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Local authorities being greedy with council tax say landlords

RLA
Written by RLA

Report launched today highlights problem of council tax being charged on bedsits…

Report launched today highlights problem of council tax being charged on bedsits.

The Residential Landlords Association is calling on Ministers to end the scandal of local authorities charging council tax on bedsit accommodation.

A new report published today by the All Party Parliamentary Group for the Private Rented Sector has heard that many young people renting a room in a shared house are being stung for significant amounts of money by local authorities.

Guidance from the Valuation Office Agency means that many local authorities are now classing a single bedroom in a shared house as a separate dwelling for council tax, rather than the house as a whole.

By doing so, councils are able to claim funds under the Government’s New Homes Bonus scheme despite no new property having actually been created.

The RLA is calling a 50% discount on council taxes for rooms in shared homes in line with a similar discount introduced for so called ‘granny annexes.’

Commenting on the issue, RLA Chairman, Alan Ward said:

“When young people are facing difficulties making ends meet, it is scandalous that some local authorities are applying full council tax bands to single bedrooms in shared homes, whilst using this to claim New Homes Bonus on homes that aren’t new.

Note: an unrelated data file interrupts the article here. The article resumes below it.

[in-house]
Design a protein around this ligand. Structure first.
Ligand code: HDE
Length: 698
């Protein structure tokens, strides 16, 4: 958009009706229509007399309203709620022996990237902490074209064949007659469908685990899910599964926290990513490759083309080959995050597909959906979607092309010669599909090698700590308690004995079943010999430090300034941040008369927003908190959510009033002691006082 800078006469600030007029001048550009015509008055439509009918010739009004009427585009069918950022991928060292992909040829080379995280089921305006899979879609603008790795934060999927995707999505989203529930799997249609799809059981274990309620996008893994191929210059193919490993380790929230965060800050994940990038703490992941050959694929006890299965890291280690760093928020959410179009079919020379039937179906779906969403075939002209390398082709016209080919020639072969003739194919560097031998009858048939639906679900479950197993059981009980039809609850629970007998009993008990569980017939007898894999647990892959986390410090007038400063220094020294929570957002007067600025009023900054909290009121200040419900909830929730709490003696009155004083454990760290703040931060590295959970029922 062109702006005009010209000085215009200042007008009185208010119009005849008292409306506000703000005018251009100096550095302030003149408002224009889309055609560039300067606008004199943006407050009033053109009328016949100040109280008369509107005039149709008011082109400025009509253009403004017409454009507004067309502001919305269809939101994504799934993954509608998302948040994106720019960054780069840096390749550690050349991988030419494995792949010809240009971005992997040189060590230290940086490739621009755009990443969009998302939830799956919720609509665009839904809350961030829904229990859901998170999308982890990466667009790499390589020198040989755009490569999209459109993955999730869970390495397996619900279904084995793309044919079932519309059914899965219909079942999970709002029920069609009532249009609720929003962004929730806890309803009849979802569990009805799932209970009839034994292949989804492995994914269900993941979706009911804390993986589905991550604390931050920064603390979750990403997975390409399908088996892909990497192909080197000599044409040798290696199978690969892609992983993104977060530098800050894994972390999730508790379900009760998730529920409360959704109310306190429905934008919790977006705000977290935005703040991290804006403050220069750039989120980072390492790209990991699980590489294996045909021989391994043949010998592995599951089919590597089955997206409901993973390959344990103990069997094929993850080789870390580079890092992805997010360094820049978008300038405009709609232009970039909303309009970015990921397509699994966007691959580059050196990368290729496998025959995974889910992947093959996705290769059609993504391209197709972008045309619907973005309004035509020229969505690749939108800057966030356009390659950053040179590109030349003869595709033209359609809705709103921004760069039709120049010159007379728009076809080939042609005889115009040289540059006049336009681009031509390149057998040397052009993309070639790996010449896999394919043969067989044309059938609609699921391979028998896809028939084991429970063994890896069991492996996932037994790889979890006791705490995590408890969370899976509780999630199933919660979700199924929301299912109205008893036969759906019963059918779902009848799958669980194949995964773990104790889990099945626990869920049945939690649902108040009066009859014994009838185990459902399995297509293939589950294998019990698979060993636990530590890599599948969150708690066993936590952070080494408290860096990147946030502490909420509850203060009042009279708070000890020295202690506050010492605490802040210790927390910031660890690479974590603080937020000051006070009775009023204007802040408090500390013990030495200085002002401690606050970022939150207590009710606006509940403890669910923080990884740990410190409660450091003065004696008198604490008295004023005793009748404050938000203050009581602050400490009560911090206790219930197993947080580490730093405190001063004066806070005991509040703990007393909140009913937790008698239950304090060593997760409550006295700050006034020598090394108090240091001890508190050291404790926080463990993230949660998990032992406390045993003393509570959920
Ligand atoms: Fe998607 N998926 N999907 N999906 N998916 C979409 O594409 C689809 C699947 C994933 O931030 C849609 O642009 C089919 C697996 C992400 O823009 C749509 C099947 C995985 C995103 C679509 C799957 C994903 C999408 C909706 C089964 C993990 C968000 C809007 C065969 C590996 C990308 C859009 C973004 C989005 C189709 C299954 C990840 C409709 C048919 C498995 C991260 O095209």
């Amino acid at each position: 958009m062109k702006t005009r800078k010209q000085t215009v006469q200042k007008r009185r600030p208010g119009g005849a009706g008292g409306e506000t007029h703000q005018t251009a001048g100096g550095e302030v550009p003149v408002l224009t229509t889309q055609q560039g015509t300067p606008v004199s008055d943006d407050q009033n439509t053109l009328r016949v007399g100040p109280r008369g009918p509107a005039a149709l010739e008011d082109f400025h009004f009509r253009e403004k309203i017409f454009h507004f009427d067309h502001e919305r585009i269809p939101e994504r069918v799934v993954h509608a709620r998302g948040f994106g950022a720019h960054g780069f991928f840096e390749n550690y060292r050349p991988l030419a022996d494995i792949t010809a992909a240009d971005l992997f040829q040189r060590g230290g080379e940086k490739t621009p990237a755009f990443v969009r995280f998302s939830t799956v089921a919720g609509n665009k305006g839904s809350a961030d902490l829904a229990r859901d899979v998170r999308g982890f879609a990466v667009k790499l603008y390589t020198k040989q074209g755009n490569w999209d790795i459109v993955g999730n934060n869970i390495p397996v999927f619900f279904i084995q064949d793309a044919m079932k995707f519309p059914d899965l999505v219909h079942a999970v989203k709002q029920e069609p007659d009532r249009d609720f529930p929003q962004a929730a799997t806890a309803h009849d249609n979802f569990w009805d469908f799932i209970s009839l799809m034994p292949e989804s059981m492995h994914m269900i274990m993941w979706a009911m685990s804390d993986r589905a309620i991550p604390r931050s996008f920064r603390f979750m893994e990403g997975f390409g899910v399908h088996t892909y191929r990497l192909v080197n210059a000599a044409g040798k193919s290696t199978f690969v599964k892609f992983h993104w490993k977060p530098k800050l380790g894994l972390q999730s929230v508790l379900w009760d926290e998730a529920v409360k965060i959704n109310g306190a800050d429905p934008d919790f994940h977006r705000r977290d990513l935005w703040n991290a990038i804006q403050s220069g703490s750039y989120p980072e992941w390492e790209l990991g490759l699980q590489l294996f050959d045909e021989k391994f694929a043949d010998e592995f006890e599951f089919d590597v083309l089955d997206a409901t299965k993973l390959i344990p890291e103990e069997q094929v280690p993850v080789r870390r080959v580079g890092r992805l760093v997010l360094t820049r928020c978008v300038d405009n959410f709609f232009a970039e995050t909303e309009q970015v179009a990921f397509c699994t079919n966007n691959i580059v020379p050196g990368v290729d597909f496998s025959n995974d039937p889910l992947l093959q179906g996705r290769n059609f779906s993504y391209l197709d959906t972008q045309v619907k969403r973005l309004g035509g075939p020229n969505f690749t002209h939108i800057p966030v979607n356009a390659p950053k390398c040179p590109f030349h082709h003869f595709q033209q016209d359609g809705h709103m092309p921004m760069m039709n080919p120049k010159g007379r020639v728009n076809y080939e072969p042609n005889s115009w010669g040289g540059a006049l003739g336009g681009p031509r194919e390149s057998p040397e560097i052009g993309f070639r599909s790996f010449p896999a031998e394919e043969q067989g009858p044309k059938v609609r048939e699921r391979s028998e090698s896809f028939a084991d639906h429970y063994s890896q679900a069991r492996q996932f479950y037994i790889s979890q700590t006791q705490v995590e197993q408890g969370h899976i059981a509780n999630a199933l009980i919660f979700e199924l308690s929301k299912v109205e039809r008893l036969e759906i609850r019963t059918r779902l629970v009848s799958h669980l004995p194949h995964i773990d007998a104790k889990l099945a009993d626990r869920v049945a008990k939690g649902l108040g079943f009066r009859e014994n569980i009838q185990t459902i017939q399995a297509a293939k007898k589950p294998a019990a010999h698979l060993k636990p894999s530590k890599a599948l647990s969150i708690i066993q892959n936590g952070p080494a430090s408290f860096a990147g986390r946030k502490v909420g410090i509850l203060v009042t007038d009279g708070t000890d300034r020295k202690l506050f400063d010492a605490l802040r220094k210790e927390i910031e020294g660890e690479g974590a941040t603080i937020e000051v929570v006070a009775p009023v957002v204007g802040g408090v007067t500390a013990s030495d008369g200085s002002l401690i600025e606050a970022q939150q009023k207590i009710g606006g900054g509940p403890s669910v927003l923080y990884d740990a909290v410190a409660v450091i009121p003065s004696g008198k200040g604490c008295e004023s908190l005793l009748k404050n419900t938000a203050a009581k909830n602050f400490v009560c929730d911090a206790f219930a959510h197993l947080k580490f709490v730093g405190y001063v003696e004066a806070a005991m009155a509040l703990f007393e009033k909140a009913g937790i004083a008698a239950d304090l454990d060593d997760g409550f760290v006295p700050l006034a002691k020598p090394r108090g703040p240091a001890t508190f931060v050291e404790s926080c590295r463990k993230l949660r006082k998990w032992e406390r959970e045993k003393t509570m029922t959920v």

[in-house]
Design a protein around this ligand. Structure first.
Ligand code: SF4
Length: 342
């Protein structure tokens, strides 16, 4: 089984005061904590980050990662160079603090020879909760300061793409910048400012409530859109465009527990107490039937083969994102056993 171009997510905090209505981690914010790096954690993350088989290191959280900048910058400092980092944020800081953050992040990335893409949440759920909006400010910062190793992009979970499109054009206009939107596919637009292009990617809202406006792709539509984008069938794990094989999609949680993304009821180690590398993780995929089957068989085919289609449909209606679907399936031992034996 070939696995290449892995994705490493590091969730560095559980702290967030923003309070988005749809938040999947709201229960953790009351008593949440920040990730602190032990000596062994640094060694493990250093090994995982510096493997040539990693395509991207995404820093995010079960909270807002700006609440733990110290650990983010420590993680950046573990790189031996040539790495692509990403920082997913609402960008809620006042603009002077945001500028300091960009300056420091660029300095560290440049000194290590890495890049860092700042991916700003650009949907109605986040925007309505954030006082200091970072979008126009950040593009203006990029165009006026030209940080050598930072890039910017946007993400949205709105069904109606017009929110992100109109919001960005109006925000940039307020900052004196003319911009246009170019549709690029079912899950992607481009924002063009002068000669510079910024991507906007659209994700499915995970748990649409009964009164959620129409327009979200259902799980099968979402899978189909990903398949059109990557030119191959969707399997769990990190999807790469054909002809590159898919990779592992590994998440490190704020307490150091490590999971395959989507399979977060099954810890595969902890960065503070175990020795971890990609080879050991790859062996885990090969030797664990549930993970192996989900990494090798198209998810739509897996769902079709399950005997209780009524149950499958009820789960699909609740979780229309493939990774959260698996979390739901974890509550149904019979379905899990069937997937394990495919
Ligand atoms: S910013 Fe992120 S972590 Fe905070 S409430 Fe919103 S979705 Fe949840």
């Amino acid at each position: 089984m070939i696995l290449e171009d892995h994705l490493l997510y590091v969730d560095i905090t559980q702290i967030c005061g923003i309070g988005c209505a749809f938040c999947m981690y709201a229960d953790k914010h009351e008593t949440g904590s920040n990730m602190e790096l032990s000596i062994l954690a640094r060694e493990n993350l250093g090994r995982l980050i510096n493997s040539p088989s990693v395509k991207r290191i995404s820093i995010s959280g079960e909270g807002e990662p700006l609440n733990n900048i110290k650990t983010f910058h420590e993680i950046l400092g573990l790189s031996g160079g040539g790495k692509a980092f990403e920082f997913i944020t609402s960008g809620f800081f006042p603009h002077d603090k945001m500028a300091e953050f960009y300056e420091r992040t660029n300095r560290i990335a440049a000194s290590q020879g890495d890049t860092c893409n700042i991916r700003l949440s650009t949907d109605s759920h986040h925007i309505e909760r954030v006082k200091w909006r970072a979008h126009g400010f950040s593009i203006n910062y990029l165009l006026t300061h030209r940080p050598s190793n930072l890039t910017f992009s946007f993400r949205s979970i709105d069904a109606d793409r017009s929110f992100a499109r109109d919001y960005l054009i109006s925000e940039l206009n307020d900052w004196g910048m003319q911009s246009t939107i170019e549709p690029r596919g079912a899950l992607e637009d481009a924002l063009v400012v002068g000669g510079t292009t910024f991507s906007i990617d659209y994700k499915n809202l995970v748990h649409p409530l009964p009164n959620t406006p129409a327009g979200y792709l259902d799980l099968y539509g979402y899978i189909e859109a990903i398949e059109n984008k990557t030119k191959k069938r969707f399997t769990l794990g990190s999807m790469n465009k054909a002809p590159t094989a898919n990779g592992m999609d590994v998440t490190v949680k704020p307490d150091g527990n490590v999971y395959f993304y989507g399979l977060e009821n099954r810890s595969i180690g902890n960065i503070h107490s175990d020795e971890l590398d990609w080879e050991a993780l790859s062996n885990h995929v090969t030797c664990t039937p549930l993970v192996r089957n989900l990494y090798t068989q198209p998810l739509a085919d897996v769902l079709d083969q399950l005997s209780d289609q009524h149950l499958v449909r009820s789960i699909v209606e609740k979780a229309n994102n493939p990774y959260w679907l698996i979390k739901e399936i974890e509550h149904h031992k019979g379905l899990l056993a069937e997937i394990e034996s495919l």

“It’s time the Government stepped into to end this gross unfairness.”

About the author

RLA

RLA

The Residential Landlords Association (RLA) represents the interests of landlords in the private rented sector (PRS) across England and Wales. With over 23,000 subscribing members, and an additional 16,000 registered guests who engage regularly with the association, we are the leading voice of private landlords. Combined, they manage almost half a million properties.

1 Comment

  • Yes I was thinking about renting rooms until Wiltshire council was going to charge 700 per room if the following applied

    1. The door had a lock

    or
    the room had a microwave

    or
    it had bathroom

    or
    it was not a joint tenancy

    I contacted the valuation office in cornwall who confirm this was correct.

    Basically they wanted the council tax whatever

    It totally defeats the object of low rented accomodation.

    I attend courses in the Midlands and there all small self contained units were being held under one council tax for the whole building.which the landlords paid

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